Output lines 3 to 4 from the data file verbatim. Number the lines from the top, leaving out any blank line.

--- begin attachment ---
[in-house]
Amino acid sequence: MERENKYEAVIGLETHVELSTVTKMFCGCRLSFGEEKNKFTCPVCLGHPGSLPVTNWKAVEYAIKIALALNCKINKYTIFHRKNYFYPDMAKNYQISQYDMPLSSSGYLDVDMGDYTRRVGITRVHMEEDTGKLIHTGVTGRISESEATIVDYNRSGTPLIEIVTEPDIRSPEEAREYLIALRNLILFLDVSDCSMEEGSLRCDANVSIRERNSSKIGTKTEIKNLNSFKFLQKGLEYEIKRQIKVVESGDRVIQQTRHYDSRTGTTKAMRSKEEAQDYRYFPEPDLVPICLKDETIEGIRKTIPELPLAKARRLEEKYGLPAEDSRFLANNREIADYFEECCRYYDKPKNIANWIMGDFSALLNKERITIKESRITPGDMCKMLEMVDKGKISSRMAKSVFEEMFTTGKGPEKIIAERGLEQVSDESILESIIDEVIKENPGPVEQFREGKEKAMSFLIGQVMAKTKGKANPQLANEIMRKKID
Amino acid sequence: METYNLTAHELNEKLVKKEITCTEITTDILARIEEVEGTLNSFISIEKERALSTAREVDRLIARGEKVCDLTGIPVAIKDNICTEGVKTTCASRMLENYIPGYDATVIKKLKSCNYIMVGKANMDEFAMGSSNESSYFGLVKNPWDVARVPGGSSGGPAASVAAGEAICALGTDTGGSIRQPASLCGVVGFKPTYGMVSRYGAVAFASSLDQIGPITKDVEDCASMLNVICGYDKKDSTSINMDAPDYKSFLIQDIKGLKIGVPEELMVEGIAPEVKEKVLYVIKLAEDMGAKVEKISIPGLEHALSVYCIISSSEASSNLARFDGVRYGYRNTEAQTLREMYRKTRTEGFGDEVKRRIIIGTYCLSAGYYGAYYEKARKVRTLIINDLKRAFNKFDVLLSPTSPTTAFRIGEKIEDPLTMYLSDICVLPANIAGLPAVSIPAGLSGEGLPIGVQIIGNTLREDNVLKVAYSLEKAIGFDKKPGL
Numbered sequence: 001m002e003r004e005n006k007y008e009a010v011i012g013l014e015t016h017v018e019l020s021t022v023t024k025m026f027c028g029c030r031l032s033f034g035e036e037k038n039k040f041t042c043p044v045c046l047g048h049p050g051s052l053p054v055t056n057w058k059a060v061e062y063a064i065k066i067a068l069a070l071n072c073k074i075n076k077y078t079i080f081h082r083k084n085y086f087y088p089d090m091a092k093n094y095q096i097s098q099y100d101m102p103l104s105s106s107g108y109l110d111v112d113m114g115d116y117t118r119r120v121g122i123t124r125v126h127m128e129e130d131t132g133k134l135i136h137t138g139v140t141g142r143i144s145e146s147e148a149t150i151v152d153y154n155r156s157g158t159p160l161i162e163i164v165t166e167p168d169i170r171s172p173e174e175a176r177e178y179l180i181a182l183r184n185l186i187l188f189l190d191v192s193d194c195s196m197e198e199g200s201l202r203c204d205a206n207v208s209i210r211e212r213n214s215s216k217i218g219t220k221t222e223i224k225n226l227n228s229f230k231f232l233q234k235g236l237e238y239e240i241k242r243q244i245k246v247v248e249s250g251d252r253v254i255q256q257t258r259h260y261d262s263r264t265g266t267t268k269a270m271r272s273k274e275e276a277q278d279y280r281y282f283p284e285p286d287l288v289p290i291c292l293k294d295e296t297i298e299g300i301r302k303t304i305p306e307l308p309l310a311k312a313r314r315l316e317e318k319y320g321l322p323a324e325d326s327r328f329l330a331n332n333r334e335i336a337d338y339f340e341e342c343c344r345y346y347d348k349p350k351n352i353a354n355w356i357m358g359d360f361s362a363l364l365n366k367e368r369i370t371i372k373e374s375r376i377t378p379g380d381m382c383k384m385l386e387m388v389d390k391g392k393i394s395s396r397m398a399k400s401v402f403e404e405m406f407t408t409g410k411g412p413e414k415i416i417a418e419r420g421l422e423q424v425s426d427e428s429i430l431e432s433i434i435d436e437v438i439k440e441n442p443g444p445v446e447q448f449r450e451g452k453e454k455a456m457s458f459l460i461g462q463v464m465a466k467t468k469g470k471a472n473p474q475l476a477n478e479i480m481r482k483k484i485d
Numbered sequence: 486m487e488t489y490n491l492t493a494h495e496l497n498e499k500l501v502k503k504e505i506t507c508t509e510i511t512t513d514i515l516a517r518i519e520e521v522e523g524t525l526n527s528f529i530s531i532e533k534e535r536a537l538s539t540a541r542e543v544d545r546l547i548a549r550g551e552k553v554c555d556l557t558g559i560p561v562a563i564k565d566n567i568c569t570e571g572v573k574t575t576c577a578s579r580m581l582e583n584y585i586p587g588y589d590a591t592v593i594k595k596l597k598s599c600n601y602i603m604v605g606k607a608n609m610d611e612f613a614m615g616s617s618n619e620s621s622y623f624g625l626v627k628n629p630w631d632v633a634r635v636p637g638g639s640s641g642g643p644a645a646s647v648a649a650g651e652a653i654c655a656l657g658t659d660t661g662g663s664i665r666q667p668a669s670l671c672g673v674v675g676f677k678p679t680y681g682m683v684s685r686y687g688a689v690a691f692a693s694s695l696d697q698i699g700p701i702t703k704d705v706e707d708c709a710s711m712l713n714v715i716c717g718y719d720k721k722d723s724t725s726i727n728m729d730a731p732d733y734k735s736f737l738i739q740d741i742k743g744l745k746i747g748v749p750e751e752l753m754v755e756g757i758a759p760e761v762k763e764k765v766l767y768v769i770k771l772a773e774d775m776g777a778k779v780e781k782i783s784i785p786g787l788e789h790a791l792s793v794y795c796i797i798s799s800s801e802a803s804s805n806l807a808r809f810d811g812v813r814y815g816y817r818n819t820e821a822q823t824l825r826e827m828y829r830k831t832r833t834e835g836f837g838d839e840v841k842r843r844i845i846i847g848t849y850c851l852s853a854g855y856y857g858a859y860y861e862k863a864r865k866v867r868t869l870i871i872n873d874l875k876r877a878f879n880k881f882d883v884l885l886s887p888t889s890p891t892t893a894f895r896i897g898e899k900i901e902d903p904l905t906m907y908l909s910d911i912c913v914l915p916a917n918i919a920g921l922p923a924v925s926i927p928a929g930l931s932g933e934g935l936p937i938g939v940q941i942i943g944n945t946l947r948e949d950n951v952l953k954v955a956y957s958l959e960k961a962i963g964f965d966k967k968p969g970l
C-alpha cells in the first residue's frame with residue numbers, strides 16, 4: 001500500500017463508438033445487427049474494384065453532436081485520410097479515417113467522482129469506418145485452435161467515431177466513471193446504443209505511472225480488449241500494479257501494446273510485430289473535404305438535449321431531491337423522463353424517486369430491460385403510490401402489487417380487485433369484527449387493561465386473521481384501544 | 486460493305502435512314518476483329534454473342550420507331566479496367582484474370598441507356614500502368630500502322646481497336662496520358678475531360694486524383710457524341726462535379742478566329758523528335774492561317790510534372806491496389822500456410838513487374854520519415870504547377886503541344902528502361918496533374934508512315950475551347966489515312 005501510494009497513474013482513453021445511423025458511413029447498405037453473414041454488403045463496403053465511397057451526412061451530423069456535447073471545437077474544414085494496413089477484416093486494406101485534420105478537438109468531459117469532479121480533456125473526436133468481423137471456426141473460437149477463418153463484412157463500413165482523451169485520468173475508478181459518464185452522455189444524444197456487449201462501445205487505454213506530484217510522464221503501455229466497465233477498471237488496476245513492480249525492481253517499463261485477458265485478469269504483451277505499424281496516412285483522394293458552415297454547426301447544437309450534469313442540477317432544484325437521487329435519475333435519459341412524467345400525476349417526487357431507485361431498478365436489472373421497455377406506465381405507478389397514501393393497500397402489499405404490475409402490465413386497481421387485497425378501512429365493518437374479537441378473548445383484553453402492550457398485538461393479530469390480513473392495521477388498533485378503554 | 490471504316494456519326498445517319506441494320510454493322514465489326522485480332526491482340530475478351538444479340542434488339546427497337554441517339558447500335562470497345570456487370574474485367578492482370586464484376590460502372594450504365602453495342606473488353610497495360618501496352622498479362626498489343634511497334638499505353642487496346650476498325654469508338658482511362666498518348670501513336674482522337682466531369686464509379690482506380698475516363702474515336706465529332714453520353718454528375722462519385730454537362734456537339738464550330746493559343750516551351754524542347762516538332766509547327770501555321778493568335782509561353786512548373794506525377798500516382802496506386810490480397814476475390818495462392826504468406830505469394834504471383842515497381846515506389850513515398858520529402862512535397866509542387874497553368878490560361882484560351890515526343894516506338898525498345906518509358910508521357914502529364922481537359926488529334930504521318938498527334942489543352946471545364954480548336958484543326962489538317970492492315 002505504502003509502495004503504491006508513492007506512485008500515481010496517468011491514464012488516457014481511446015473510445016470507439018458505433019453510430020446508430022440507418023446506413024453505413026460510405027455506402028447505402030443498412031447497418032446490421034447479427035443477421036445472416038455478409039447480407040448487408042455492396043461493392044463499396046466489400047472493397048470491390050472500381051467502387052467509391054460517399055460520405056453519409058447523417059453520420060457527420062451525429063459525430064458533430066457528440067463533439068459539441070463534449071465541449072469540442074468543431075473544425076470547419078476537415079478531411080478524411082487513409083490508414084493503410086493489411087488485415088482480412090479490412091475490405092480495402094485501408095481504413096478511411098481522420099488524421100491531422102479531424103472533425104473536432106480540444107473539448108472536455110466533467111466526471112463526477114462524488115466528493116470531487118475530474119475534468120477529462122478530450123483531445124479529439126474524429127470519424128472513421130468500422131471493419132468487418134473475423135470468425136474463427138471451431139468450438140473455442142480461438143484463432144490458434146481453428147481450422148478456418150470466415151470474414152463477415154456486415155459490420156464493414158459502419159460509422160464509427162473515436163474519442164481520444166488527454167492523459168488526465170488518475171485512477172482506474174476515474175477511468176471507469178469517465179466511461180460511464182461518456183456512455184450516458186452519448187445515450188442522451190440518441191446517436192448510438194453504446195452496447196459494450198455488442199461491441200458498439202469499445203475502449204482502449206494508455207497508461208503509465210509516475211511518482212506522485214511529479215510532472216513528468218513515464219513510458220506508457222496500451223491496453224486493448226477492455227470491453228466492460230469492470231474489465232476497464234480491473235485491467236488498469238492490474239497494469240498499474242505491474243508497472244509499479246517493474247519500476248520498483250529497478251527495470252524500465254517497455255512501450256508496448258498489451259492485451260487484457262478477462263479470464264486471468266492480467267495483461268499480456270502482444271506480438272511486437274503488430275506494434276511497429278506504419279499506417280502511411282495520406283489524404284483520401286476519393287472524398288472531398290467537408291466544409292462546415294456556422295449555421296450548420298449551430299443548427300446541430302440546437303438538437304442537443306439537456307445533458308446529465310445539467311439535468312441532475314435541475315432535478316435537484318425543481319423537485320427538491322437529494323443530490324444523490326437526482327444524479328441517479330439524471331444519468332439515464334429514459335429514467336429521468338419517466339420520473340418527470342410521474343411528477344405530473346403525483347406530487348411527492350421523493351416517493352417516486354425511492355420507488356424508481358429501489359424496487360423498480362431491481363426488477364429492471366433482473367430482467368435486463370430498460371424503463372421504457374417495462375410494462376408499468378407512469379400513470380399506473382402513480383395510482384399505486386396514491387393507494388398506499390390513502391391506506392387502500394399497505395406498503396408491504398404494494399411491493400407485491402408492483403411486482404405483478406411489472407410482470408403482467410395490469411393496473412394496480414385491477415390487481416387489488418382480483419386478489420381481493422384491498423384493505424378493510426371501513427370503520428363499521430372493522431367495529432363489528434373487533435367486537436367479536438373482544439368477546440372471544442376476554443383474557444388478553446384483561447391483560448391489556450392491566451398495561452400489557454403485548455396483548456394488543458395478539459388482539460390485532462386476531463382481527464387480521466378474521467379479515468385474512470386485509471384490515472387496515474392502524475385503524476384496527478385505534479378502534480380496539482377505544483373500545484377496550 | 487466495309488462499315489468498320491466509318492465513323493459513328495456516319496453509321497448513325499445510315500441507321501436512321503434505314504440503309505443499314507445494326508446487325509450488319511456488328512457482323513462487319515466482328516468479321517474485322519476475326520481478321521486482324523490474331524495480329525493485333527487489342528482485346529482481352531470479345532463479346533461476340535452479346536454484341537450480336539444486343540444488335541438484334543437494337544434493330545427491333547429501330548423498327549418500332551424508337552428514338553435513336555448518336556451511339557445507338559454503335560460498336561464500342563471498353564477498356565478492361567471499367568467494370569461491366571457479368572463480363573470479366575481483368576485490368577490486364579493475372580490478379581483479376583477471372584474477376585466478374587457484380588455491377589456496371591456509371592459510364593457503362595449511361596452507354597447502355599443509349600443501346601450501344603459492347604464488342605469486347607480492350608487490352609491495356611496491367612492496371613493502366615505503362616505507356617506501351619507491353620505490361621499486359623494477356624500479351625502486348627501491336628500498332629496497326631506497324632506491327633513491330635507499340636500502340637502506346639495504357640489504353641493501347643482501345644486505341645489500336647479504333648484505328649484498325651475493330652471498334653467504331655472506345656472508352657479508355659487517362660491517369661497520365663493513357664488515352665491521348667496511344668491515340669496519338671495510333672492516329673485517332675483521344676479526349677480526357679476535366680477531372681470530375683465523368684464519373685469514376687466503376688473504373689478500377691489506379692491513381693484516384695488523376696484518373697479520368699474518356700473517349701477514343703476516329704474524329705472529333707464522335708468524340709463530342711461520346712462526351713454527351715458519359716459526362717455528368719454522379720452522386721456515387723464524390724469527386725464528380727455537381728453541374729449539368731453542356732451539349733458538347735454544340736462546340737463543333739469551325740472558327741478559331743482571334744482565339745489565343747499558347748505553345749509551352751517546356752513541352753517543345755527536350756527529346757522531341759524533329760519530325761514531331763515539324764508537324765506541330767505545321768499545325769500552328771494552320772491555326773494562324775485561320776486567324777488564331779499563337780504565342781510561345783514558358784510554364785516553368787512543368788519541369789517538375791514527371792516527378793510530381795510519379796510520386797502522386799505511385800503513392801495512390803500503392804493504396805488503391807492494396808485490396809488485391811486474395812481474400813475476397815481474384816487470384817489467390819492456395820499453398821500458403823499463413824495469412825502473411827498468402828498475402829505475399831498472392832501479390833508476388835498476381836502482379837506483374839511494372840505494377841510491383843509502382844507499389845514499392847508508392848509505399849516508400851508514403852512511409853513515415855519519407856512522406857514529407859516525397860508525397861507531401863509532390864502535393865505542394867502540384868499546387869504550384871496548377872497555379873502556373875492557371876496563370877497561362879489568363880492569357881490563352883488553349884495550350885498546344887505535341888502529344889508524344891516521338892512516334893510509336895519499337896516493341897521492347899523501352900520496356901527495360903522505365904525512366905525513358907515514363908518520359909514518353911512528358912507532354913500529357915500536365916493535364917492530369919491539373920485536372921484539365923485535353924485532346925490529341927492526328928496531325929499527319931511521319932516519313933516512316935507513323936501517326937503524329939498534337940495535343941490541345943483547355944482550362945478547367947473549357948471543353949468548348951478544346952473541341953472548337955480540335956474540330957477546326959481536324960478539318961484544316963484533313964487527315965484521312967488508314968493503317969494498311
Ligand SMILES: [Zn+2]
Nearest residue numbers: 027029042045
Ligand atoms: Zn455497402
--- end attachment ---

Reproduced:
Amino acid sequence: METYNLTAHELNEKLVKKEITCTEITTDILARIEEVEGTLNSFISIEKERALSTAREVDRLIARGEKVCDLTGIPVAIKDNICTEGVKTTCASRMLENYIPGYDATVIKKLKSCNYIMVGKANMDEFAMGSSNESSYFGLVKNPWDVARVPGGSSGGPAASVAAGEAICALGTDTGGSIRQPASLCGVVGFKPTYGMVSRYGAVAFASSLDQIGPITKDVEDCASMLNVICGYDKKDSTSINMDAPDYKSFLIQDIKGLKIGVPEELMVEGIAPEVKEKVLYVIKLAEDMGAKVEKISIPGLEHALSVYCIISSSEASSNLARFDGVRYGYRNTEAQTLREMYRKTRTEGFGDEVKRRIIIGTYCLSAGYYGAYYEKARKVRTLIINDLKRAFNKFDVLLSPTSPTTAFRIGEKIEDPLTMYLSDICVLPANIAGLPAVSIPAGLSGEGLPIGVQIIGNTLREDNVLKVAYSLEKAIGFDKKPGL
Numbered sequence: 001m002e003r004e005n006k007y008e009a010v011i012g013l014e015t016h017v018e019l020s021t022v023t024k025m026f027c028g029c030r031l032s033f034g035e036e037k038n039k040f041t042c043p044v045c046l047g048h049p050g051s052l053p054v055t056n057w058k059a060v061e062y063a064i065k066i067a068l069a070l071n072c073k074i075n076k077y078t079i080f081h082r083k084n085y086f087y088p089d090m091a092k093n094y095q096i097s098q099y100d101m102p103l104s105s106s107g108y109l110d111v112d113m114g115d116y117t118r119r120v121g122i123t124r125v126h127m128e129e130d131t132g133k134l135i136h137t138g139v140t141g142r143i144s145e146s147e148a149t150i151v152d153y154n155r156s157g158t159p160l161i162e163i164v165t166e167p168d169i170r171s172p173e174e175a176r177e178y179l180i181a182l183r184n185l186i187l188f189l190d191v192s193d194c195s196m197e198e199g200s201l202r203c204d205a206n207v208s209i210r211e212r213n214s215s216k217i218g219t220k221t222e223i224k225n226l227n228s229f230k231f232l233q234k235g236l237e238y239e240i241k242r243q244i245k246v247v248e249s250g251d252r253v254i255q256q257t258r259h260y261d262s263r264t265g266t267t268k269a270m271r272s273k274e275e276a277q278d279y280r281y282f283p284e285p286d287l288v289p290i291c292l293k294d295e296t297i298e299g300i301r302k303t304i305p306e307l308p309l310a311k312a313r314r315l316e317e318k319y320g321l322p323a324e325d326s327r328f329l330a331n332n333r334e335i336a337d338y339f340e341e342c343c344r345y346y347d348k349p350k351n352i353a354n355w356i357m358g359d360f361s362a363l364l365n366k367e368r369i370t371i372k373e374s375r376i377t378p379g380d381m382c383k384m385l386e387m388v389d390k391g392k393i394s395s396r397m398a399k400s401v402f403e404e405m406f407t408t409g410k411g412p413e414k415i416i417a418e419r420g421l422e423q424v425s426d427e428s429i430l431e432s433i434i435d436e437v438i439k440e441n442p443g444p445v446e447q448f449r450e451g452k453e454k455a456m457s458f459l460i461g462q463v464m465a466k467t468k469g470k471a472n473p474q475l476a477n478e479i480m481r482k483k484i485d